A worrying trend of young folk increasingly drawn to the Trump campaign--is not so unexpected. Essentially, what is going on is a psychological parallel to so-called prosperity Christianity: The superstitious idea that a magical mediator will somehow transmit money to you, and will protect you from harm. And there are deeper drives taking over, here, too...
How is it that Trump’s followers keep excusing him? Even as he’s made, on camera, salacious remarks about his own daughter; even though he’s boasted in a book, of seducing “happily married women”; though he’s smeared Mexicans and Muslims and tacitly accepted white supremacists; though he’s threatened to kill women and children: suggested twice we should “take out the families” of Isis fighters; though his “university” is fighting prosecution for fraud; even though he’s been accused of having mob ties...Despite all this, all his contradictions and his highly questionable military deferment...His voting base--increasingly including young people--dismisses all this with a shrug. Why?
Their decision-making is being made by their subconscious minds.
Some political candidates will appeal to reason, as well as emotion; but some, especially Trump, have the instinctive ability to appeal to the unconscious mind. For awhile, Romney had a similar appeal -- for some. Trump chants, over and over: "Me--billions!" Both Trump and Romney symbolize gold, money, wealth, which is, in the minds of the entranced, the magic key to being liked, to being gainfully employed or simply free from financial worry. And it equates with power, which provides safety. I do not use the word magic lightly. Magical thinking (it's an expression--no real thinking is involved) leads worried young people, anxious about their future in a highly competitive world, to fixate on a Trump or a Romney. Trump has more appeal to youth than Romney--he's not a cold snob, like Romney; Trump is ejaculating energy, and adolescent brashness.
Romney doesn't know the full magical chant. Magic only works in the psychological sense--but the subconscious mind is where real political power is. Decrypted, Trump's magic words are always the same:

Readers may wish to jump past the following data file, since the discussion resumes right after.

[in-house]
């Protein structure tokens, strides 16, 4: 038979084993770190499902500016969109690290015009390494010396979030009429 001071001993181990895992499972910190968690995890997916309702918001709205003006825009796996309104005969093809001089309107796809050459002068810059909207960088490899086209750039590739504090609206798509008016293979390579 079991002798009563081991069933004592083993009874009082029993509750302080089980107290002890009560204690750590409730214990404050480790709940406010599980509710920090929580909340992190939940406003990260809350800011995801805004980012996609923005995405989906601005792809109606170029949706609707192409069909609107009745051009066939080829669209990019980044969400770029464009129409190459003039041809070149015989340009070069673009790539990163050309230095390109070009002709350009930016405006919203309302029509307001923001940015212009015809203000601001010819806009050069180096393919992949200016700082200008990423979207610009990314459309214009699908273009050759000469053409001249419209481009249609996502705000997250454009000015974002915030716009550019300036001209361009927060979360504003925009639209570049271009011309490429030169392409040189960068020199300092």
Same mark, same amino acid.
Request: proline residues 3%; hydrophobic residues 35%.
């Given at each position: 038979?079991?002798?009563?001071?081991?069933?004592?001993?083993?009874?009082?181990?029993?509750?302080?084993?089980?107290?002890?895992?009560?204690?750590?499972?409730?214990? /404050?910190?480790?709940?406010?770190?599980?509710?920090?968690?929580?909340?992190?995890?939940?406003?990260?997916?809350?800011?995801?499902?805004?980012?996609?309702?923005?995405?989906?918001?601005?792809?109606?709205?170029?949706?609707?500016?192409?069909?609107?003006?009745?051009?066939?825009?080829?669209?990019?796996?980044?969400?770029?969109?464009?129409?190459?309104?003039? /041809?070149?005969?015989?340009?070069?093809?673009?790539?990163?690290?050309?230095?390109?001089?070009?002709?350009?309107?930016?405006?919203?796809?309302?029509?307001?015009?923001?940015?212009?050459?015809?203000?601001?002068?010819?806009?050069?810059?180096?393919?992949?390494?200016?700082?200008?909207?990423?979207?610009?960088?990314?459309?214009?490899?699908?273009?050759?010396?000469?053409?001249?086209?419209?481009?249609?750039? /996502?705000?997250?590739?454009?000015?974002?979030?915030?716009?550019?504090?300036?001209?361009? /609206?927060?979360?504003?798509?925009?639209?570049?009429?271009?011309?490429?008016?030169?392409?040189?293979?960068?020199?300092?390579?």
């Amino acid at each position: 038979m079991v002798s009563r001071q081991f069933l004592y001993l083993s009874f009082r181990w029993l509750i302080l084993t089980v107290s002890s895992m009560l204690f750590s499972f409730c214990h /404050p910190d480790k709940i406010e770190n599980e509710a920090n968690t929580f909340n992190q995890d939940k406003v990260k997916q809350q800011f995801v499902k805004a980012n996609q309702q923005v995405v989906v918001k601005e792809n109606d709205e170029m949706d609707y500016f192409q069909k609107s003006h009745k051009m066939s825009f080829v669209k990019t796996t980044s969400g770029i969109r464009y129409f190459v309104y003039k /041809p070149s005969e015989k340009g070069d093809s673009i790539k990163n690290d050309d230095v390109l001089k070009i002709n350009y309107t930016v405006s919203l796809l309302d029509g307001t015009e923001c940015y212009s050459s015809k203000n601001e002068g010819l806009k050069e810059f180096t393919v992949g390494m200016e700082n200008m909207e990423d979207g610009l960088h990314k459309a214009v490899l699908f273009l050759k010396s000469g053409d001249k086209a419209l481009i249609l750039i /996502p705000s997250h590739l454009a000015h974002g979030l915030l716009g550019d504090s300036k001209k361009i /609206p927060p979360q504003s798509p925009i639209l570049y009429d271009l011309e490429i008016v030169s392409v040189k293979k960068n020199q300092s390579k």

"Danger is here but I am strength, winning strength! Enemies, outsiders, defeat them! We allies, insiders! Me--billions! I am Money! I am Gold! I am Power! Taking more power! More money! Gold! Sex! Gold! Sex! Rise, rise! Us! Them! Us! Them! Money protects! Gold! Freedom! Power! Money! Danger--stop danger! Strength, the strength to take! Gold! Trust! Trust Gold! Trust power! I have power! Gold! Me, billions! Behold...GOLD!" This is not satire--I mean this literally. This really truly is what he's doing--without consciously thinking it through. He learned the chant long ago...
Us, them -- yes, that's an appeal to unconscious racism. Threatened people, worried about their future, look for scapegoats; xenophobic instinct arises. They are afraid of the future--of poverty, of competition for money. "Us! Them! Me, Gold, Me, Behold, billions--behold, Gold!" These magic words protect against threats...the threats of not finding a job, even the threat of terrorism--which are real threats, real problems. But he doesn't need real solutions. All he needs is to repeat the chant, over and over, convincingly. And the subconscious responds. The words shift a little but the import, the meaning, is always the same; the same litany couched in other terms:
"I am Money! I am Gold! I am Power! Taking more power! More money! Gold! Sex! Gold! Sex! Rise, rise! Us! I have power, I have gold! Gold protects! Me, billions! Behold...GOLD!"
Many people, those who have no real self-knowledge, never question, when certain parts of their back-brains are stimulated. They simply follow the loudly bleating golden calf.
Follow the bleater.
John Shirley is the author of numerous novels, story collections, screenplays (“THE CROW”), teleplays and articles. A futurologist and social critic, John was a featured speaker at TED-x in Brussels in 2011.